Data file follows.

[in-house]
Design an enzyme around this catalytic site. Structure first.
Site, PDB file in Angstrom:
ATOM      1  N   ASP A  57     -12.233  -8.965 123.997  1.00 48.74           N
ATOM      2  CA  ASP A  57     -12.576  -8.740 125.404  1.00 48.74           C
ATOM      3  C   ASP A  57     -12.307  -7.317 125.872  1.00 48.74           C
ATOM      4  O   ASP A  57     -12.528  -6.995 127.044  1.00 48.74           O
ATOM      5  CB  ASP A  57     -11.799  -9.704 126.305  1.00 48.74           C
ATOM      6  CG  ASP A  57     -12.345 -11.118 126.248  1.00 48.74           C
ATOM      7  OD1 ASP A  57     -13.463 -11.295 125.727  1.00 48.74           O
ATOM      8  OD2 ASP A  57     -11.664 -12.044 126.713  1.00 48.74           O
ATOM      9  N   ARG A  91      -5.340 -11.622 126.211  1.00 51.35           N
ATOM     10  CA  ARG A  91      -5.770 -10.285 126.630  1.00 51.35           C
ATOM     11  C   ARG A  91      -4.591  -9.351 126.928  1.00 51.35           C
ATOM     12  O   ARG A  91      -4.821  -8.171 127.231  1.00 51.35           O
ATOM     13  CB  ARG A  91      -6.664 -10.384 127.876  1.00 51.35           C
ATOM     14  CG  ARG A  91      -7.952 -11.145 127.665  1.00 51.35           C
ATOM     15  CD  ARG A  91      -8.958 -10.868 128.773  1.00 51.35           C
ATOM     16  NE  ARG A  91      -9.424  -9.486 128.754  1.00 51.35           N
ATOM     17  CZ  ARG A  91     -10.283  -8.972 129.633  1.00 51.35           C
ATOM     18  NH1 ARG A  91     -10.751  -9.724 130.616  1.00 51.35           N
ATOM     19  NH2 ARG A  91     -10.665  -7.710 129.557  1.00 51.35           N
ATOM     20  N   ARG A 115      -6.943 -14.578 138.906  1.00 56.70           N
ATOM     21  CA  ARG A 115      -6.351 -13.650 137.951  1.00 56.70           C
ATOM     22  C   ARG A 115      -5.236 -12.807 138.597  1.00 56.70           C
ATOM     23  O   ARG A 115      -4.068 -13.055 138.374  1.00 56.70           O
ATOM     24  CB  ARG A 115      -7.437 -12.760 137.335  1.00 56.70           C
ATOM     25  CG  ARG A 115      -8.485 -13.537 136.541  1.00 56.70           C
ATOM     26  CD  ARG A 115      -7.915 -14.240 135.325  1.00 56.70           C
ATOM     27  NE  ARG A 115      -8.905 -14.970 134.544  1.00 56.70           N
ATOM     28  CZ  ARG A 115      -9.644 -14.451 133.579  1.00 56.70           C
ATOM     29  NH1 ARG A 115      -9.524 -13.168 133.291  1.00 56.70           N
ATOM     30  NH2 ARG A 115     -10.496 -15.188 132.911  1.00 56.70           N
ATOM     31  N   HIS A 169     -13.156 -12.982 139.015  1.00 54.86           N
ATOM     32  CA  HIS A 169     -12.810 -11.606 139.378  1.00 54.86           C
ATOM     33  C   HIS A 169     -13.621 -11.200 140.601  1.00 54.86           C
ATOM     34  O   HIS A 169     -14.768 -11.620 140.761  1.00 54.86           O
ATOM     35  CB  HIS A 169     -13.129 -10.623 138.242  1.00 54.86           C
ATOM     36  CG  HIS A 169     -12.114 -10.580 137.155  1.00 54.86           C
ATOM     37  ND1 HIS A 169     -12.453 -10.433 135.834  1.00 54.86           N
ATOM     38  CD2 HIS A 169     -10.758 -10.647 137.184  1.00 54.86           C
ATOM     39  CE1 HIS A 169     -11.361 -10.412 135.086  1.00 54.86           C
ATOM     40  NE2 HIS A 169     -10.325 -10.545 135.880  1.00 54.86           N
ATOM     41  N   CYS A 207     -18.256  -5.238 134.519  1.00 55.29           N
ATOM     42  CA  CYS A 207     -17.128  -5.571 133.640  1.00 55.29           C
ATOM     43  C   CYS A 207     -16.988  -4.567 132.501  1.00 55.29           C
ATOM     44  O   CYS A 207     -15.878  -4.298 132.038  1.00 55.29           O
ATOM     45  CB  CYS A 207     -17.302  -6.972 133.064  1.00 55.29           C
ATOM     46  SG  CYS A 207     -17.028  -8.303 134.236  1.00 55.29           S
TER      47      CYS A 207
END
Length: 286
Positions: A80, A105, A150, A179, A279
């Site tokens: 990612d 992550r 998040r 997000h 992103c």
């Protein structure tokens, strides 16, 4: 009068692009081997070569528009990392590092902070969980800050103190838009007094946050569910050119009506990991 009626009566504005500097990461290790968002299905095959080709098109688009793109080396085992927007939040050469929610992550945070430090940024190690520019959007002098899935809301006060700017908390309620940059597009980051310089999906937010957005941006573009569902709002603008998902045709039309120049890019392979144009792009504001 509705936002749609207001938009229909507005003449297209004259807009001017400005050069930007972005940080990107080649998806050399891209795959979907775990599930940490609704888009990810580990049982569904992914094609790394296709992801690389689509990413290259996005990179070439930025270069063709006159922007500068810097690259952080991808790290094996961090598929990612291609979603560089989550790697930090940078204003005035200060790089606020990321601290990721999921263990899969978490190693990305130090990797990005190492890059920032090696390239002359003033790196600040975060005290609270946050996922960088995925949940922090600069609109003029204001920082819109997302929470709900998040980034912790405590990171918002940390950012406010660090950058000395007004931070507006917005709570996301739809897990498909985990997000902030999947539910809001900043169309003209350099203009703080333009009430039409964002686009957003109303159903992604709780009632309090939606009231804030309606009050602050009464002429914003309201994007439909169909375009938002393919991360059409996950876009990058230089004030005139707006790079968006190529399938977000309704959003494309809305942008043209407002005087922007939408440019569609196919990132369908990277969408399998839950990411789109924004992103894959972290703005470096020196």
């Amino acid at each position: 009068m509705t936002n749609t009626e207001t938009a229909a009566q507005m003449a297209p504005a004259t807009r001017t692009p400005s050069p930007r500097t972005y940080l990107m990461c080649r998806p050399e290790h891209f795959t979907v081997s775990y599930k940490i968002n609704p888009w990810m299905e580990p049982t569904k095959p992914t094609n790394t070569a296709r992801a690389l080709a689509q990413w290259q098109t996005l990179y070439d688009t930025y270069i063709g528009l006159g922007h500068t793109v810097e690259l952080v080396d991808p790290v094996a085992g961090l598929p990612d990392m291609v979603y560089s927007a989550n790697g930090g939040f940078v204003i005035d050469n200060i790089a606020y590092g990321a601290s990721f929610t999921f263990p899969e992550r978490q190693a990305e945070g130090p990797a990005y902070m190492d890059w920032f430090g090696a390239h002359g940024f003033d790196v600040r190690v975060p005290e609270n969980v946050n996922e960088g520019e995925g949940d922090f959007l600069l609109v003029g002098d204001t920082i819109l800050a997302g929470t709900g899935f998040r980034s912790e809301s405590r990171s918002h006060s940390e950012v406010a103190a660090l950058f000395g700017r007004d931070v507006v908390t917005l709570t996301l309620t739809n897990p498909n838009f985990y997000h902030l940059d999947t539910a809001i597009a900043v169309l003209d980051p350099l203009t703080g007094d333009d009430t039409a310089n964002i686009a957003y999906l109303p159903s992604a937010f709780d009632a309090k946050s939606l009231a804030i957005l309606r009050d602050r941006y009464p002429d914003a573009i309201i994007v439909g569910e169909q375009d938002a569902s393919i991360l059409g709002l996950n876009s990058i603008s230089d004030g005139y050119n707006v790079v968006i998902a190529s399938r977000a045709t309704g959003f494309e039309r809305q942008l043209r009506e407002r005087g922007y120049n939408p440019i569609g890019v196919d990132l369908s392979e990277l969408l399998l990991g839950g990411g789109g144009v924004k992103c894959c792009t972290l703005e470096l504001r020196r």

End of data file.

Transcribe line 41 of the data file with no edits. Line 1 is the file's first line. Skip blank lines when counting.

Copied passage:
ATOM     38  CD2 HIS A 169     -10.758 -10.647 137.184  1.00 54.86           C